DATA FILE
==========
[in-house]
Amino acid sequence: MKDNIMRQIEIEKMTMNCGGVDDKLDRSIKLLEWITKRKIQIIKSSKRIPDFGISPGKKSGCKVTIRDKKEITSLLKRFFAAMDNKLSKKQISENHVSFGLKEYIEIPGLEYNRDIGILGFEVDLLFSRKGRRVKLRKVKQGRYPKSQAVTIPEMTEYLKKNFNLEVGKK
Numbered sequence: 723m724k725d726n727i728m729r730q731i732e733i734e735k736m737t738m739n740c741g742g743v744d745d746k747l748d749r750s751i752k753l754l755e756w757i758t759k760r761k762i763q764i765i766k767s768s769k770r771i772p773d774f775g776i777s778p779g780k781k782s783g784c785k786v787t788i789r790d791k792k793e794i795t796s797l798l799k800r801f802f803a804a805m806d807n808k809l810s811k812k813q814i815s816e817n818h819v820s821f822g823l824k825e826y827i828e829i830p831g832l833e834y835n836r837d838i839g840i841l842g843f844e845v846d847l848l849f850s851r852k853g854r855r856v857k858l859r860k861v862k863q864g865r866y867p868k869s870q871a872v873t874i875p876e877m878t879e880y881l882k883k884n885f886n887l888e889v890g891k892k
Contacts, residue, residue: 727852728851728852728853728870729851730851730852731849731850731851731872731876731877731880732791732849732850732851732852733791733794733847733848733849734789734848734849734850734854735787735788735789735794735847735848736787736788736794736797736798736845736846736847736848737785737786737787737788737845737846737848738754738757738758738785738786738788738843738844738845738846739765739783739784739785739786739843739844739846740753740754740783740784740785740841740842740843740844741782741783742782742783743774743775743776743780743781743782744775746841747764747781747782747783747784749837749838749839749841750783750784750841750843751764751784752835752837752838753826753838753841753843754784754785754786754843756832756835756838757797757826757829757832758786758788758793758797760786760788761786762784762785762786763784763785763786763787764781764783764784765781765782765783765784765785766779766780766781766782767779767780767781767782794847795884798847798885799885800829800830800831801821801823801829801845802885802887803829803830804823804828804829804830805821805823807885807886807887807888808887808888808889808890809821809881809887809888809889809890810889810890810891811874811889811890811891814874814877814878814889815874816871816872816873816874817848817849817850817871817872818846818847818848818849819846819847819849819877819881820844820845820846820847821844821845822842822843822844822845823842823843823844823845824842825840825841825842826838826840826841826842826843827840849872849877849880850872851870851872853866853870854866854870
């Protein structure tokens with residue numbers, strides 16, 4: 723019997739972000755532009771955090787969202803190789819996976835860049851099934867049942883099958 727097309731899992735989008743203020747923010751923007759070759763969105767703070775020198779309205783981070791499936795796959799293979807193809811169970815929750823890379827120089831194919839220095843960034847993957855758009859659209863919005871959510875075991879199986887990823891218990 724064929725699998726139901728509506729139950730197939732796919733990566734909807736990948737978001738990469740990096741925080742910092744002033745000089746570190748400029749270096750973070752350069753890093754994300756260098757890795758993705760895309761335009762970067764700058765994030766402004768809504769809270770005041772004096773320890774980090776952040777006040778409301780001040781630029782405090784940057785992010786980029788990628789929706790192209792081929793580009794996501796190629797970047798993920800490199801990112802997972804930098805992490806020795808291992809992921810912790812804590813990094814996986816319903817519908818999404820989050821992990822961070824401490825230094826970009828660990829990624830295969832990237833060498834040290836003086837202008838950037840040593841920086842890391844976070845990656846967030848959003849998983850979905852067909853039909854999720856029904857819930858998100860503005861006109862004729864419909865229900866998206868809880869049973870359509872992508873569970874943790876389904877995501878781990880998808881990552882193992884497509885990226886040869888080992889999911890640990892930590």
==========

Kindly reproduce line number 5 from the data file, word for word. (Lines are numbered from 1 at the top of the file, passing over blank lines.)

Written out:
């Protein structure tokens with residue numbers, strides 16, 4: 723019997739972000755532009771955090787969202803190789819996976835860049851099934867049942883099958 727097309731899992735989008743203020747923010751923007759070759763969105767703070775020198779309205783981070791499936795796959799293979807193809811169970815929750823890379827120089831194919839220095843960034847993957855758009859659209863919005871959510875075991879199986887990823891218990 724064929725699998726139901728509506729139950730197939732796919733990566734909807736990948737978001738990469740990096741925080742910092744002033745000089746570190748400029749270096750973070752350069753890093754994300756260098757890795758993705760895309761335009762970067764700058765994030766402004768809504769809270770005041772004096773320890774980090776952040777006040778409301780001040781630029782405090784940057785992010786980029788990628789929706790192209792081929793580009794996501796190629797970047798993920800490199801990112802997972804930098805992490806020795808291992809992921810912790812804590813990094814996986816319903817519908818999404820989050821992990822961070824401490825230094826970009828660990829990624830295969832990237833060498834040290836003086837202008838950037840040593841920086842890391844976070845990656846967030848959003849998983850979905852067909853039909854999720856029904857819930858998100860503005861006109862004729864419909865229900866998206868809880869049973870359509872992508873569970874943790876389904877995501878781990880998808881990552882193992884497509885990226886040869888080992889999911890640990892930590």